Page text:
I belong to a Principals’ Learning Network (PLN). About every month a group of six, grades 7 – 12 administrators, meet with Dr. Steven Katz along with two of our superintendents. The goal of our time together is to collectively work through individual problems of practice and learn from each other. These meetings can be challenging, informative, slightly uncomfortable, and are often peppered with laughter. Long after walking away from the meeting I still find myself reflecting upon and turning over questions anew in my mind.
Today Dr. Katz suggested that our meetings could be thought of as if we are taking a course about highly specialized leadership. The problems of practice that we present are indeed stumpers. There are things that we share that we don’t know how to solve. The good news is that we are together in our learning. At the end of each session I have a good idea of the next move that I will make in order to chip away at my focus area. I have also learned valuable take-away information that I can apply to my own practice from listening to, and asking questions about, the challenges that my peers face.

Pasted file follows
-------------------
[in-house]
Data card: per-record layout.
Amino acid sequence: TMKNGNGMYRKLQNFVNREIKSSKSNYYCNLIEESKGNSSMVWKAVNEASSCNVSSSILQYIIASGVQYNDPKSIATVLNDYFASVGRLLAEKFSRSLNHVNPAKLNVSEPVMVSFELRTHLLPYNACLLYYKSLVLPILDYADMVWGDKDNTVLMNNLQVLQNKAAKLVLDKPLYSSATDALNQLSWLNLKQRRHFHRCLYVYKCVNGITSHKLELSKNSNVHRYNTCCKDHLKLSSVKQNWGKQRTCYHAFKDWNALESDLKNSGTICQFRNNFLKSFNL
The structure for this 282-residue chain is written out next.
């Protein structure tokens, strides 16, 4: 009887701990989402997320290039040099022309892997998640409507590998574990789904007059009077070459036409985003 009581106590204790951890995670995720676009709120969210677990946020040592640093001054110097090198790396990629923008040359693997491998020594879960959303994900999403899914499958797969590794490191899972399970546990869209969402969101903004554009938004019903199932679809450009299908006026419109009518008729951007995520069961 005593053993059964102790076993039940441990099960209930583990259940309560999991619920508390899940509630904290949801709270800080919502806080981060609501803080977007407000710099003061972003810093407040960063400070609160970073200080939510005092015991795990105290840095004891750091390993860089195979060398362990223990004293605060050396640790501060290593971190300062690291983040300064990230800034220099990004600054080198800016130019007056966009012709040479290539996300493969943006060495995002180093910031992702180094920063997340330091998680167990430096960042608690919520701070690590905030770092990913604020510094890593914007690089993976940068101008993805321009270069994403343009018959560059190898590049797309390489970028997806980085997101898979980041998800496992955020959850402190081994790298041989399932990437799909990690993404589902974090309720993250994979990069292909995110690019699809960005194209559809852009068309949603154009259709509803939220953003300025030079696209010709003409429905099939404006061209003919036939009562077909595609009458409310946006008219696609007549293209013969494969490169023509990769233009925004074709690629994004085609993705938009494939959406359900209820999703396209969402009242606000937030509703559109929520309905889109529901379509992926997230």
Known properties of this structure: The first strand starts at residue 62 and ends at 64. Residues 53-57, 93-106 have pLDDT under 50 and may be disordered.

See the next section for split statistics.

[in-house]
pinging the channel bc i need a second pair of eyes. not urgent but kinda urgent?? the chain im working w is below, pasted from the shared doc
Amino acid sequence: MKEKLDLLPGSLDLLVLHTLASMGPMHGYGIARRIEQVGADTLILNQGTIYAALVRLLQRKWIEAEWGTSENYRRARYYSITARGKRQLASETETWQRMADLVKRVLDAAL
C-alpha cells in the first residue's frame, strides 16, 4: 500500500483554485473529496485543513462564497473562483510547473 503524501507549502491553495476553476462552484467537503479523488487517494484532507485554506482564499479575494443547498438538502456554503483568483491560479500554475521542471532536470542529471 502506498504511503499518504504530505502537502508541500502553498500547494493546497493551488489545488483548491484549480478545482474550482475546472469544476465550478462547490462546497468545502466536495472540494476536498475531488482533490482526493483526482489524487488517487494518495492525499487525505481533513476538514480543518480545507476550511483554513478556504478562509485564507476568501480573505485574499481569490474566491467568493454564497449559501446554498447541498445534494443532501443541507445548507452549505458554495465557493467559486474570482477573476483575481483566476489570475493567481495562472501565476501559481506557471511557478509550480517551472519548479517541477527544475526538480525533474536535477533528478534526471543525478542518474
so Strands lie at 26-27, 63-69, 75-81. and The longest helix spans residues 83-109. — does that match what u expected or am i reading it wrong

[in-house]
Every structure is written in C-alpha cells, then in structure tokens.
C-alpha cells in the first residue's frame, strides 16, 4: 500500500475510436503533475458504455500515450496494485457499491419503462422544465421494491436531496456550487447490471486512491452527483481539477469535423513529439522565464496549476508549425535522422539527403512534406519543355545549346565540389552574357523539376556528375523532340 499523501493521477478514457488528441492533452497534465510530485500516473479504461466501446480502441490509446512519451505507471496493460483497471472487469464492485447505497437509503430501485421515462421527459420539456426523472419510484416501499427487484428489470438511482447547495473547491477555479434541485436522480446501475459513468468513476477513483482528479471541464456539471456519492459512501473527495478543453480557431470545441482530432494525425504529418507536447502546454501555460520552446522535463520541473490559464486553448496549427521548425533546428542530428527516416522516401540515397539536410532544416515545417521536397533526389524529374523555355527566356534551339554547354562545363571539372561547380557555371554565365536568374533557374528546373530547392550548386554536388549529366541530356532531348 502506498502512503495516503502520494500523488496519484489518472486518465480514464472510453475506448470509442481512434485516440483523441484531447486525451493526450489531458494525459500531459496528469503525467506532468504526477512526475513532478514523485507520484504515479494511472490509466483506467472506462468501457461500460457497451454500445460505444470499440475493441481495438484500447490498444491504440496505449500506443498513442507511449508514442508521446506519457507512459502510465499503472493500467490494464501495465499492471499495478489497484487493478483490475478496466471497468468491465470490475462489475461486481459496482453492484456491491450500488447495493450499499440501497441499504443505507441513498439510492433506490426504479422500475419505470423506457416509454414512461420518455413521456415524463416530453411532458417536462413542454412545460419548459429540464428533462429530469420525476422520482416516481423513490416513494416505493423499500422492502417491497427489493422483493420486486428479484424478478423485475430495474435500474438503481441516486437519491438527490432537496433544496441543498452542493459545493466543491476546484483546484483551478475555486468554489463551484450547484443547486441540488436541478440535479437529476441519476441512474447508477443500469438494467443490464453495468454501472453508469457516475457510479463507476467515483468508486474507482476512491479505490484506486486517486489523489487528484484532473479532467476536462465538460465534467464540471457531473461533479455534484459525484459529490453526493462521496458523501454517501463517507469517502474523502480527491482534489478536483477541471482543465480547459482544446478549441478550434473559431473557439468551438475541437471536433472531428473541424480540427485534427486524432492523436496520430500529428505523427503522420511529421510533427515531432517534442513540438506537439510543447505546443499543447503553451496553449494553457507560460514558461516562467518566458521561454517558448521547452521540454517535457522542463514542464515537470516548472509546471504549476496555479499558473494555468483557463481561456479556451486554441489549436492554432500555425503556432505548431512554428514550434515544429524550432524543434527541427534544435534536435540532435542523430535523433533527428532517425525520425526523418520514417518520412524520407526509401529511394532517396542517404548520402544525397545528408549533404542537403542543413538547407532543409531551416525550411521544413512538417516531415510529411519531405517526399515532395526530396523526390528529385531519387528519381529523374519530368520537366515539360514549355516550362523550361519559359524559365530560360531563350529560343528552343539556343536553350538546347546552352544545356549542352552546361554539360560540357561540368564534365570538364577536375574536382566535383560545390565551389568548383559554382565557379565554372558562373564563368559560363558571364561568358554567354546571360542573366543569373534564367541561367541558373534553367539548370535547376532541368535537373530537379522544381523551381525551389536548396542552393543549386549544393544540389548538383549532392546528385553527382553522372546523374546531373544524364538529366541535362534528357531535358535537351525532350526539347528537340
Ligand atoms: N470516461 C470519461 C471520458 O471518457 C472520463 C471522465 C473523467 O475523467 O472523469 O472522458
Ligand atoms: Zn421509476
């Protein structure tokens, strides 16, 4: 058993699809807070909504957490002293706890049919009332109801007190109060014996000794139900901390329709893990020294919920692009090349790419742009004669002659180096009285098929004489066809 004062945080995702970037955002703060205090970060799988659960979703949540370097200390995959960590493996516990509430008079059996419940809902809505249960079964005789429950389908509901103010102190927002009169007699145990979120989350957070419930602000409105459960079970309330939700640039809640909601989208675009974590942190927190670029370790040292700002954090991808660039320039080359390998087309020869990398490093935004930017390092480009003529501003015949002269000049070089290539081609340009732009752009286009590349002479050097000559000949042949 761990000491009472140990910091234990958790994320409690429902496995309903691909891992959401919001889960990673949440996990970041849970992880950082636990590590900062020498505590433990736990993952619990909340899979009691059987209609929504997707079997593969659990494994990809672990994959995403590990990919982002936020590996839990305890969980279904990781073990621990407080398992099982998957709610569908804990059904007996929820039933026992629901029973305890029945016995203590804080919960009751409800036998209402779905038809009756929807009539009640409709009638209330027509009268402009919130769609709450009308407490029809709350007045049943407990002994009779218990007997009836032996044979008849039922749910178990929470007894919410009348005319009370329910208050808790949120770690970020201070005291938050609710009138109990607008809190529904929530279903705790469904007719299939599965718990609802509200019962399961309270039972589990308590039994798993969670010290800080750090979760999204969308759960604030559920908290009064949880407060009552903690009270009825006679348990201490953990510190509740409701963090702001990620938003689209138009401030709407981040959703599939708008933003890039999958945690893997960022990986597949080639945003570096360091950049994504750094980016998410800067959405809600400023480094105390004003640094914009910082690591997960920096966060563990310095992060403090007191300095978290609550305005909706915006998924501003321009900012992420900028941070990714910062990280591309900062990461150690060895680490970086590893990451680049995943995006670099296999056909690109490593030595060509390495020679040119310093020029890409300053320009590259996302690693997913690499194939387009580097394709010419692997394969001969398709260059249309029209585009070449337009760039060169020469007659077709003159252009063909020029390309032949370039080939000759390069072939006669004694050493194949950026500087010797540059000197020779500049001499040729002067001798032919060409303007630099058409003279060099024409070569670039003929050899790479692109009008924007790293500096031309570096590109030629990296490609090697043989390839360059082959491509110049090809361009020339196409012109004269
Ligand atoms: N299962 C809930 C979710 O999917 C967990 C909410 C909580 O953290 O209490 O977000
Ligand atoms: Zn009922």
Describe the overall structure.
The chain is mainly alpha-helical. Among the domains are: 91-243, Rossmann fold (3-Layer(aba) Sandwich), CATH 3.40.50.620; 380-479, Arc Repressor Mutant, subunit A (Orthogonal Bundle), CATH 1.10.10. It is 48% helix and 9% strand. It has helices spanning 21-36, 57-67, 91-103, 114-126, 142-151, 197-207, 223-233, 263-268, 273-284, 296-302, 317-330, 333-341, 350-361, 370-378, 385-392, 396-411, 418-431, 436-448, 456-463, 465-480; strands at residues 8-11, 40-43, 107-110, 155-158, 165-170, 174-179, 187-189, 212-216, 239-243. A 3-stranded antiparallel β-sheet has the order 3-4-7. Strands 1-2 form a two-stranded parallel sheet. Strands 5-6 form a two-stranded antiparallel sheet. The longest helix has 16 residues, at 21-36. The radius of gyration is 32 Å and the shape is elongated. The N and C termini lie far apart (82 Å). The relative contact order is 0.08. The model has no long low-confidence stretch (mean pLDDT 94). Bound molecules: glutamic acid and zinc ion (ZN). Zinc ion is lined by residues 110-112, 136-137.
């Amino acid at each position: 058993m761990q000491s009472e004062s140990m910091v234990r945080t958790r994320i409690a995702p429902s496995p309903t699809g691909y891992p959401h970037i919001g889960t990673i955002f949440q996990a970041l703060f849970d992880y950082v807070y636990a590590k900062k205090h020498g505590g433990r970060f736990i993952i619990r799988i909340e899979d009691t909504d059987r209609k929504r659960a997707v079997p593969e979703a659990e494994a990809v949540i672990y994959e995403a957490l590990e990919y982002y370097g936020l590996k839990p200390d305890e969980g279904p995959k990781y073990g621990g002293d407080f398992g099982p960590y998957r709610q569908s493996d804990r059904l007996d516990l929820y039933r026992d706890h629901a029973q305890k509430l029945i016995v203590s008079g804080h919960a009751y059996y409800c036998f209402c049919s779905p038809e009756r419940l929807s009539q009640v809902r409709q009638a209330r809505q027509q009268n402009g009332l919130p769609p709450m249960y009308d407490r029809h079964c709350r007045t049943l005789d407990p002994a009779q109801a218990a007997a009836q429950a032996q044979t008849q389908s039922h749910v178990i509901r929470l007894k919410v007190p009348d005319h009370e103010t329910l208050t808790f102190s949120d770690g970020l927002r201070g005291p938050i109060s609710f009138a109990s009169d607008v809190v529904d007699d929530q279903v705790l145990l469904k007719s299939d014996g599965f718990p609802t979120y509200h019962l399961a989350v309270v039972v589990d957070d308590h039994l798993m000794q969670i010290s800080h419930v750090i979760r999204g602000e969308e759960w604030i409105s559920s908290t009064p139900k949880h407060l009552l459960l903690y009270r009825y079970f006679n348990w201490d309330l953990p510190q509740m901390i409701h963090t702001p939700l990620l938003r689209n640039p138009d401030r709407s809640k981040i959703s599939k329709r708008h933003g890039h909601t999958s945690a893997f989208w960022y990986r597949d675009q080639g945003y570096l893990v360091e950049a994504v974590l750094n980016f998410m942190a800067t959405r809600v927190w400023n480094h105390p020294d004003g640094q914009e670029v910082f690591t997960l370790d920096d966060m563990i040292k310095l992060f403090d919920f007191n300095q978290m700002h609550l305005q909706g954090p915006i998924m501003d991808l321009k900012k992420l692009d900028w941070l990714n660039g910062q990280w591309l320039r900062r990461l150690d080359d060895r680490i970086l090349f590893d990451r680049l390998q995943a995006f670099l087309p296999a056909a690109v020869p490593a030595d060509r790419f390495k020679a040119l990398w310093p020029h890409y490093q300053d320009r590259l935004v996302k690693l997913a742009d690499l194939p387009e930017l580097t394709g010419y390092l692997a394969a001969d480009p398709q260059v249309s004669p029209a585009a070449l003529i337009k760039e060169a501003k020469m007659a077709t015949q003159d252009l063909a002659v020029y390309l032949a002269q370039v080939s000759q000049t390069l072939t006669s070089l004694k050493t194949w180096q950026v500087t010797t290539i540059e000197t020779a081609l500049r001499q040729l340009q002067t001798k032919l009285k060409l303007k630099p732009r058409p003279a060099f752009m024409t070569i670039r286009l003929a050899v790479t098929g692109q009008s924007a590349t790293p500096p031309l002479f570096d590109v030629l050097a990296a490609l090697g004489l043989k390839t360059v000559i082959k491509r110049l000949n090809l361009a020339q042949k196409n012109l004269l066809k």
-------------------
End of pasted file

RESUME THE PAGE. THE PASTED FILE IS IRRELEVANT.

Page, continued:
As I reflect upon the experience I had this afternoon I find myself wondering if this same thing happens for students after they leave the classroom? Are they still thinking about the discussion and their next step when the school day is over? Are they learning from the challenges that their peers are facing?
When I deconstruct the things that happen at the PLN that make the meeting so successful for my learning I can list the following things:
1. There is a challenge that I am working to overcome.
2. It is urgent that I solve it.
3. It has important implications for my day to day work.
4. I am not alone in tackling the challenge.
I am fortunate to be a teaching vice principal. This afternoon I find myself reflecting about my own classroom experience with students. Is it challenging? Is it urgent that the young people in front of me figure this out? Does it have real-life implications for them? And finally, can they work it out together? Hmmm.
What if I made this a little checklist that I put at the end of my day plan and I self-assessed every day? Hmmm. Would I need a four out of four to be successful or would one out of four be enough for now? Hmmm.
Would students walk away wondering more? For me, it is worth a shot and I might just let you know how it is going! 😃
Yours in learning,